[Allogenic bone marrow transplantation versus autograft in acute lymphoblastic leukemia, in second remission in 113 children. Results of the Grupo Español de Transplante de Medula Niños (GETMON)].Sangre (Barc). 1996 Apr; 41(2):101-8.S
Using the data from the GETMON ("Grupo Español de Trasplante de Medula Osea en Niños") we carried out a retrospective analysis of the results of allogeneic bone marrow transplantation (alloBMT) compared to autologous bone marrow transplantation (ABMT) in 113 paediatric patients with acute lymphoblastic leukaemia (ALL) in second remission. Transplants were performed by the following centers, from April 1983 to December 1991: H. Vall d'Hebrón and H. Sant Pau from Barcelona, H. Ramón y Cajal and H. Niño Jesús from Madrid and H. Marqués de Valdecilla from Santander.
PATIENTS AND METHODS
The study included 113 patients between the ages of two and 16 years with ALL in second remission at marrow transplant. Fifty-six underwent alloBMT and 57 ABMT. Both groups were homogeneous with respect to age, sex, immunophenotype, duration of first remission, risk at diagnosis, percentage of early and late relapses, percentage with marrow or extramedullary relapse prior to transplant, time interval from attainment of second remission to transplant, and conditioning regimens applied for marrow transplant, with predominance of chemoradiotherapy in both.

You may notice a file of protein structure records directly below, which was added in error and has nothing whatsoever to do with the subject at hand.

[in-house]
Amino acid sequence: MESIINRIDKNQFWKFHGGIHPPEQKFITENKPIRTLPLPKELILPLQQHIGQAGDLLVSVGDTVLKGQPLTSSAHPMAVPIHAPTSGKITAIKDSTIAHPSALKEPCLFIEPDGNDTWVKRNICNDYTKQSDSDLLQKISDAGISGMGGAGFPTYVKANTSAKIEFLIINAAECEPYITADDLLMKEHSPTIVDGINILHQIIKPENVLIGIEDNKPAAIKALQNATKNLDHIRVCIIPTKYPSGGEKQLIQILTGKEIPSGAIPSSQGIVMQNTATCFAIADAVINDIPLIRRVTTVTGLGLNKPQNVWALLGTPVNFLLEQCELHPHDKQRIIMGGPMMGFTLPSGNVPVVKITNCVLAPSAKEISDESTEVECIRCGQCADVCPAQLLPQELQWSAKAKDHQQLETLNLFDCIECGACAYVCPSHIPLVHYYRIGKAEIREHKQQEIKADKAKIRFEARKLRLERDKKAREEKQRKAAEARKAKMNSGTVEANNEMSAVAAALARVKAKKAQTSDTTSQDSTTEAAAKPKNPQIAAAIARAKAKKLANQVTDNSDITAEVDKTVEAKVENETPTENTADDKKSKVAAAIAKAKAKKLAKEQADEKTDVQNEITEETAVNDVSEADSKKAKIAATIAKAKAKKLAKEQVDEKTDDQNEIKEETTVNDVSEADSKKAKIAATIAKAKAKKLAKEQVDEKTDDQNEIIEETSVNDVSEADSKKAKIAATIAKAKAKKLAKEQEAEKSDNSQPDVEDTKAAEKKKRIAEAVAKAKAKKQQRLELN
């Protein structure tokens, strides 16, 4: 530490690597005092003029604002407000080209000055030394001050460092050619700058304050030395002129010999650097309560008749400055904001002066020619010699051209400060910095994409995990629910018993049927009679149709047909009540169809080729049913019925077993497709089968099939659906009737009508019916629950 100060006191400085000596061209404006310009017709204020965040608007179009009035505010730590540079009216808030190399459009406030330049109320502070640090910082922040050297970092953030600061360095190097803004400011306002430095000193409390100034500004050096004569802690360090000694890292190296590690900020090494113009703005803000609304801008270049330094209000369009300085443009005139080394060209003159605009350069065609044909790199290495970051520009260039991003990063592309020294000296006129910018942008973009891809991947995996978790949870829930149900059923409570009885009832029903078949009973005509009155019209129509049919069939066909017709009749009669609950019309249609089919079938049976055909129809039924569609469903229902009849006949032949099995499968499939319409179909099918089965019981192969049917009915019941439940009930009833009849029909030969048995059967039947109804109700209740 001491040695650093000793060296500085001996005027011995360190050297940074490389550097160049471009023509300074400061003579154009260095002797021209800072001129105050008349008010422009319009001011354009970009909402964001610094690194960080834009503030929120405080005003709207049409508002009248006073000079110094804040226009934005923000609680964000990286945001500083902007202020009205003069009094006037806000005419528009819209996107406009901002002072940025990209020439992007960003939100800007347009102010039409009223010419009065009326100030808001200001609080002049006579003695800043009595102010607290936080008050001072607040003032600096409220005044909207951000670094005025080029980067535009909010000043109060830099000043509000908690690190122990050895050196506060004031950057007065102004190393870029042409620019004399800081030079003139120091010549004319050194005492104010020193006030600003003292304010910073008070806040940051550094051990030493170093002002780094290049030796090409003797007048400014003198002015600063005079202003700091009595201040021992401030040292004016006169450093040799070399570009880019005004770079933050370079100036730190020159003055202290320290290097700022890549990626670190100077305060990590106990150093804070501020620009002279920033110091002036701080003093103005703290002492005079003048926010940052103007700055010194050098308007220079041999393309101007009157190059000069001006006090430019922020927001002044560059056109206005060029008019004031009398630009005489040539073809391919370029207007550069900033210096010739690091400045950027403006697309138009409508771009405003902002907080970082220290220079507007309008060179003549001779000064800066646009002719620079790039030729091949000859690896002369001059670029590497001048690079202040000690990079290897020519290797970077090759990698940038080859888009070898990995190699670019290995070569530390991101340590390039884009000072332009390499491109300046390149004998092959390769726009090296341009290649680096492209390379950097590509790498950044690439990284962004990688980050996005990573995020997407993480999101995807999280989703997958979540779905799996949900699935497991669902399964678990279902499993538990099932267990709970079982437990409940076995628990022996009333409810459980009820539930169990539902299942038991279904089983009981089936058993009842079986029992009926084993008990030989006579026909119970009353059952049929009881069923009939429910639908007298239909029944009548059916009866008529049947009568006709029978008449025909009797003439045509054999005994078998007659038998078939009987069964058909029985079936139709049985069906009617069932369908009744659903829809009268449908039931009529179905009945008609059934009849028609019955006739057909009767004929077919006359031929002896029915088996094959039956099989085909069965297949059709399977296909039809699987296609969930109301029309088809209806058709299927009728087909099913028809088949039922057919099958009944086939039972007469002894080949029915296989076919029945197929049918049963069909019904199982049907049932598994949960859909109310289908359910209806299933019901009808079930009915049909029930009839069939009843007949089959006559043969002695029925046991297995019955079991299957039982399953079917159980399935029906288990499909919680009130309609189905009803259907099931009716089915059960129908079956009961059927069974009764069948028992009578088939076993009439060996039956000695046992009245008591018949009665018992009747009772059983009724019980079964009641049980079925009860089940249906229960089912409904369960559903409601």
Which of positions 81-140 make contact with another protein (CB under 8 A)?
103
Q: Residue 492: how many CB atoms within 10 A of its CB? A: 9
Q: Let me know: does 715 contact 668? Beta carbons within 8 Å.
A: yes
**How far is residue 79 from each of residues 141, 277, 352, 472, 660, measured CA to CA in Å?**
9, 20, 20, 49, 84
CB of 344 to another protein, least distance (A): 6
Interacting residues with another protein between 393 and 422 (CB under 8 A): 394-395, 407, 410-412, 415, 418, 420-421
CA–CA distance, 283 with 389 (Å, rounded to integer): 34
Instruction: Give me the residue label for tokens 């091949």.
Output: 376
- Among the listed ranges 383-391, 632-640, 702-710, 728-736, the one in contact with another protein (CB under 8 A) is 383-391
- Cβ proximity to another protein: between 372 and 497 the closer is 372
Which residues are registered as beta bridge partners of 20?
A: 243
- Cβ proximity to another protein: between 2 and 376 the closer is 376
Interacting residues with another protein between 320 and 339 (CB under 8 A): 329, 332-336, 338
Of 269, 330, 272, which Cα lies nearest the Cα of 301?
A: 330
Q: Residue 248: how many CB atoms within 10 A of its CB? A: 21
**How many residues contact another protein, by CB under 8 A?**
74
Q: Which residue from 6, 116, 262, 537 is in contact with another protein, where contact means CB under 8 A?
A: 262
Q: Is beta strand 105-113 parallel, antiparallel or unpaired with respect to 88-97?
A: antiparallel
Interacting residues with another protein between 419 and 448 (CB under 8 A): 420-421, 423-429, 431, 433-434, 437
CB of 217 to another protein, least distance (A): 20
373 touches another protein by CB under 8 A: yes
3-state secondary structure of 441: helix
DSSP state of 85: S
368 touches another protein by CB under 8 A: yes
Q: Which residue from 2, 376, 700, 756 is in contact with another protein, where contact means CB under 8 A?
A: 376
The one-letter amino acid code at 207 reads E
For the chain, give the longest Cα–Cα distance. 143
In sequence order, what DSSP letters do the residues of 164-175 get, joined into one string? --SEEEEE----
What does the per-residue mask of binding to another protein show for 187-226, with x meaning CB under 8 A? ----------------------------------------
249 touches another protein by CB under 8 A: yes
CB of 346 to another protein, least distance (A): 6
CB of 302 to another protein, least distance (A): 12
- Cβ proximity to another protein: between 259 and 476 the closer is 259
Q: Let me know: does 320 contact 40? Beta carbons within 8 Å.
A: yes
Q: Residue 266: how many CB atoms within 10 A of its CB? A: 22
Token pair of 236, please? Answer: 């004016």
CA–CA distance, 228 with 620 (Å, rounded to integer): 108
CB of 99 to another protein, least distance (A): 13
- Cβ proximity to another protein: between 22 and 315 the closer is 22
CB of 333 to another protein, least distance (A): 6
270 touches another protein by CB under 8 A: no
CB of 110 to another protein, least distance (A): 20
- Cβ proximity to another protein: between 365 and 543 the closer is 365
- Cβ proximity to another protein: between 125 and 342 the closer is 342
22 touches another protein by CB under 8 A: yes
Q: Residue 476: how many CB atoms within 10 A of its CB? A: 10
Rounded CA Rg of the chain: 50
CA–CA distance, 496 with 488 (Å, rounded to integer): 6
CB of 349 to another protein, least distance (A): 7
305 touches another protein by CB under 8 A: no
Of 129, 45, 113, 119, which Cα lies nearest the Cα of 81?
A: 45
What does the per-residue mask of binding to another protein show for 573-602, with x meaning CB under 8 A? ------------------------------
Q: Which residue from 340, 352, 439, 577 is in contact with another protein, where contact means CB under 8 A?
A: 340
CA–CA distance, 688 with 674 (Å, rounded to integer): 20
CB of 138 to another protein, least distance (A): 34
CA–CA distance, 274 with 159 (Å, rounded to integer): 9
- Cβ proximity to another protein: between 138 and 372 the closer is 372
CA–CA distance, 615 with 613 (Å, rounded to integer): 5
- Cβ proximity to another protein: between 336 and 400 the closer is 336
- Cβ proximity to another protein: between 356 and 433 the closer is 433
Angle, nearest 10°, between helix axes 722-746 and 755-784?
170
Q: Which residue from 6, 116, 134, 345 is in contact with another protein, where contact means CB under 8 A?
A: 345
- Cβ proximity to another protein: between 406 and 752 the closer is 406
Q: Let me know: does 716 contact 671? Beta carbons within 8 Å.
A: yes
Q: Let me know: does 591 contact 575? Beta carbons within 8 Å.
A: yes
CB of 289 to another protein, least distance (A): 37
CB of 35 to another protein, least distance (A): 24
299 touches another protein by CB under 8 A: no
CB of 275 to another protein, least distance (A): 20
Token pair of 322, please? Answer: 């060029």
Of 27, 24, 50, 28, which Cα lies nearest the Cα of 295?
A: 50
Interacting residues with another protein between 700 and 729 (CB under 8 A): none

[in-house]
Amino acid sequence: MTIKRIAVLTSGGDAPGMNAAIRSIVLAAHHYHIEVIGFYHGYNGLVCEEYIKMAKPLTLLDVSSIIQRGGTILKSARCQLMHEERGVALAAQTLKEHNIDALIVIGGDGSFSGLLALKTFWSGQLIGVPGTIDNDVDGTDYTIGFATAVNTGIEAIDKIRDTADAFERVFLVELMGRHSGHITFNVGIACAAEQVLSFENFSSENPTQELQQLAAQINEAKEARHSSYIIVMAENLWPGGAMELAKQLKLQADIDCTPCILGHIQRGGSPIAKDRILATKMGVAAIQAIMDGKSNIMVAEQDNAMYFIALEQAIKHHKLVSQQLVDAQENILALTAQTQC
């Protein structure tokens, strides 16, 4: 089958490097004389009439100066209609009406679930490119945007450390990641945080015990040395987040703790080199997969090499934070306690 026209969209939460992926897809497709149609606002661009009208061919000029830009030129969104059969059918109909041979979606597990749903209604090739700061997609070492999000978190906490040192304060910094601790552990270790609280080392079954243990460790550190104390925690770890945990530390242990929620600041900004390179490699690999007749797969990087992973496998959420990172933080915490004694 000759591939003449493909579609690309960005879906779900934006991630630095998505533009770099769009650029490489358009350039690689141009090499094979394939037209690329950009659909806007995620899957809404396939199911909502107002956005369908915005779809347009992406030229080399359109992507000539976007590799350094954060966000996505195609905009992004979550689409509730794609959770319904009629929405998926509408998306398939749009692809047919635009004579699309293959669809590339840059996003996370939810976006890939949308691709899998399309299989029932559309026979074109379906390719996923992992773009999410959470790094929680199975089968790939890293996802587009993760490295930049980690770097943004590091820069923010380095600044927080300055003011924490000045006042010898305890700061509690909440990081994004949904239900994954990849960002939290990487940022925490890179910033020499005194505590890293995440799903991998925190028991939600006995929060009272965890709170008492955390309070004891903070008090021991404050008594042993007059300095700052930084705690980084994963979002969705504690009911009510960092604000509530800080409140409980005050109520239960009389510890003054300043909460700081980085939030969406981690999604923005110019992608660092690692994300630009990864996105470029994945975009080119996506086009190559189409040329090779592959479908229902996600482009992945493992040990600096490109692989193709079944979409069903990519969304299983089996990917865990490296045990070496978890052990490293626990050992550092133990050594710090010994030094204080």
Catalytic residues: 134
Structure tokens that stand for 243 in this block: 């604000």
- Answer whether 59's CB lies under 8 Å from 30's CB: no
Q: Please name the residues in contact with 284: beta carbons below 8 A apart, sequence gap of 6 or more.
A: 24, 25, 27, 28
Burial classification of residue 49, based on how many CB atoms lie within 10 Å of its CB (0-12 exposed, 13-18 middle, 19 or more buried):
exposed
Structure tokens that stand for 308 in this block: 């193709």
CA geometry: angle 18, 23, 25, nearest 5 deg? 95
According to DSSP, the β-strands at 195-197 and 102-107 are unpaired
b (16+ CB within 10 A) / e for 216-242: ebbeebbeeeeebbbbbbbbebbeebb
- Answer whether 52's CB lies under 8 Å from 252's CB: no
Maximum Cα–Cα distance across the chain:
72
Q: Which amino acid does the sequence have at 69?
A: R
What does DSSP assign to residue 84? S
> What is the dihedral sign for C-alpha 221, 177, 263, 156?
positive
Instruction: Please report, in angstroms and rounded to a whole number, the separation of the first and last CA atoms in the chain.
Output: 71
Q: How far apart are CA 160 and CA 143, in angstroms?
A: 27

Haematologic recovery was observed to be faster in alloBMT than in ABMT. A granulocyte count > 0.5 x 10(9)/l was reached in alloBMT patients in a median of 19 days and in ABMT patients in a median of 25 days (p < 0.001). Early procedure-related death after ABMT occurred only in one patient (1.75%) and was caused by hepatic veno-occlusive disease. In the alloBMT group, the incidence was 25%. GVHD and infection were the most common causes. Actuarial DFS for alloBMT was 38.8 +/- 6.7% at 8.5 years versus 29.2 +/- 6.5% at 4.5 years for ABMT, p = NS. No significant differences of actuarial DFS were found between alloBMT or ABMT in patients according to leukocyte count and risk at diagnosis, neither with first remission duration, nor with remission duration at transplant. A separate analysis of actuarial DFS for each group shows that in ABMT group DFS was significantly greater in patients who had presented a late relapse (> 30 months) 61.1 +/- 13.8%, than those who had presented an early relapse (< 30 months) 18.3 +/- 6.5% (p < 0.005). Probability of relapse was significantly greater in ABMT (70%) compared to alloBMT (46%) (p < 0.025). Transplant offers a better DFS in extramedullary relapses compared to isolated or combined bone marrow relapses: 71.4 +/- 17.1% with alloBMT and 38.1 +/- 14.7% with ABMT (p = NS).
In our experience we observed a better DFS with alloBMT compared with ABMT, overcoat in early relapses, but without significant difference. A higher relapse rate in ABMT group is partially compensated by more early deaths in alloBMT offers a few survival possibilities in patients with medullary relapses whose first remission lasted less than 30 months.